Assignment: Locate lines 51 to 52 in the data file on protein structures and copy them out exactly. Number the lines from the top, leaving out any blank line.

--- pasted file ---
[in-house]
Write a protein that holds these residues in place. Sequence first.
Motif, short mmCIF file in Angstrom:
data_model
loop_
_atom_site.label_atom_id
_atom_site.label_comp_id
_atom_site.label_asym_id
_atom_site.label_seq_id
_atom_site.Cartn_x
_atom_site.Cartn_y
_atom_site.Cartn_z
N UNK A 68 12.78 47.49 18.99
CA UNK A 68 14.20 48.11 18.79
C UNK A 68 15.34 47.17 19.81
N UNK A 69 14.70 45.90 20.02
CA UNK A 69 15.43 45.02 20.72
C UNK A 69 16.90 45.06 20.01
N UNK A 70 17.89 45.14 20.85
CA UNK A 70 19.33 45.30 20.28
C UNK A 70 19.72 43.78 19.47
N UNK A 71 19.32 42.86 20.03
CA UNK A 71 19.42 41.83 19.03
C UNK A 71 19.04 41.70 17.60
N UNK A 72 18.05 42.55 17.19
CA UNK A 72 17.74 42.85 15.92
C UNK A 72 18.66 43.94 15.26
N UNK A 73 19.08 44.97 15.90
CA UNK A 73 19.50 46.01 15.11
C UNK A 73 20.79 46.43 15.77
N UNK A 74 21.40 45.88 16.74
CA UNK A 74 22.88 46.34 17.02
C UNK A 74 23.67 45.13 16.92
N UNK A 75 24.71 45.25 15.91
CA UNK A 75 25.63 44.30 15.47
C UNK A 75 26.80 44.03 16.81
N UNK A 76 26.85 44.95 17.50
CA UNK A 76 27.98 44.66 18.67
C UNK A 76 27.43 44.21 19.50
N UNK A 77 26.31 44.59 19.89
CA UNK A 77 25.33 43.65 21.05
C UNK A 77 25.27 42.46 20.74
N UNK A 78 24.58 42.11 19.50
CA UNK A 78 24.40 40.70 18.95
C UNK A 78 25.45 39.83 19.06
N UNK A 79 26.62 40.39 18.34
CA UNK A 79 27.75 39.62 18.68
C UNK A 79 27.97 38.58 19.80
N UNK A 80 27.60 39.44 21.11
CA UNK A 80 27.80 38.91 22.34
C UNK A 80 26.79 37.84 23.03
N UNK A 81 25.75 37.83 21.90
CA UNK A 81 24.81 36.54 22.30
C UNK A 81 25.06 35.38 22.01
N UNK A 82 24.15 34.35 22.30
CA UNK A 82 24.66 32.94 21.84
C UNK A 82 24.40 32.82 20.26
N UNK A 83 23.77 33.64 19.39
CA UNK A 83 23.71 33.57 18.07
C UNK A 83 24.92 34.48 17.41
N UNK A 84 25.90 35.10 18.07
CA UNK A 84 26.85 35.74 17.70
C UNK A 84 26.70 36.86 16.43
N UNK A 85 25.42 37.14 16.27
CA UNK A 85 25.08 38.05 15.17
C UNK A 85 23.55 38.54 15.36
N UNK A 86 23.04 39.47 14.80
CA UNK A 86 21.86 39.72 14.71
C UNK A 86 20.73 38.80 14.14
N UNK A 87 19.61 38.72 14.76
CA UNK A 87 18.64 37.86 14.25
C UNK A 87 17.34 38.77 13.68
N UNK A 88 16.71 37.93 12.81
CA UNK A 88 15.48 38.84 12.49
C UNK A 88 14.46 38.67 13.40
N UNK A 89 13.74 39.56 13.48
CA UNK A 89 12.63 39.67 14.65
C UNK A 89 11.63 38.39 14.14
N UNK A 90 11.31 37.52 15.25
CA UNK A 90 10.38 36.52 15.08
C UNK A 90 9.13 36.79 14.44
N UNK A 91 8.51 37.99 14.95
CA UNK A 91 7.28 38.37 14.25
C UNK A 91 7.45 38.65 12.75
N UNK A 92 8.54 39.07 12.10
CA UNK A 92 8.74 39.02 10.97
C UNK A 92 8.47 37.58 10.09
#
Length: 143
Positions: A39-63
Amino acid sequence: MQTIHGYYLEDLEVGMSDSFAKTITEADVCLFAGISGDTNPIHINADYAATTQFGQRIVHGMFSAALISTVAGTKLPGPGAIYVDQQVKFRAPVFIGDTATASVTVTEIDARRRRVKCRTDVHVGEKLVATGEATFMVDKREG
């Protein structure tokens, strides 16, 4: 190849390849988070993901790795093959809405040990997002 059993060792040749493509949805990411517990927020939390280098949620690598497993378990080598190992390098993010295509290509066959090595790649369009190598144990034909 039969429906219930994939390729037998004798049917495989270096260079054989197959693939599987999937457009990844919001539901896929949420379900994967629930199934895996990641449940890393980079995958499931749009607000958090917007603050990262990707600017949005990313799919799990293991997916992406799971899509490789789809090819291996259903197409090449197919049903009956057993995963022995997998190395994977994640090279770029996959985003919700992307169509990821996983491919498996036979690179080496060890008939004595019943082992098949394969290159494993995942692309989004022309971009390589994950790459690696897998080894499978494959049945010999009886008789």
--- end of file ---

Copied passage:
C UNK A 80 26.79 37.84 23.03
N UNK A 81 25.75 37.83 21.90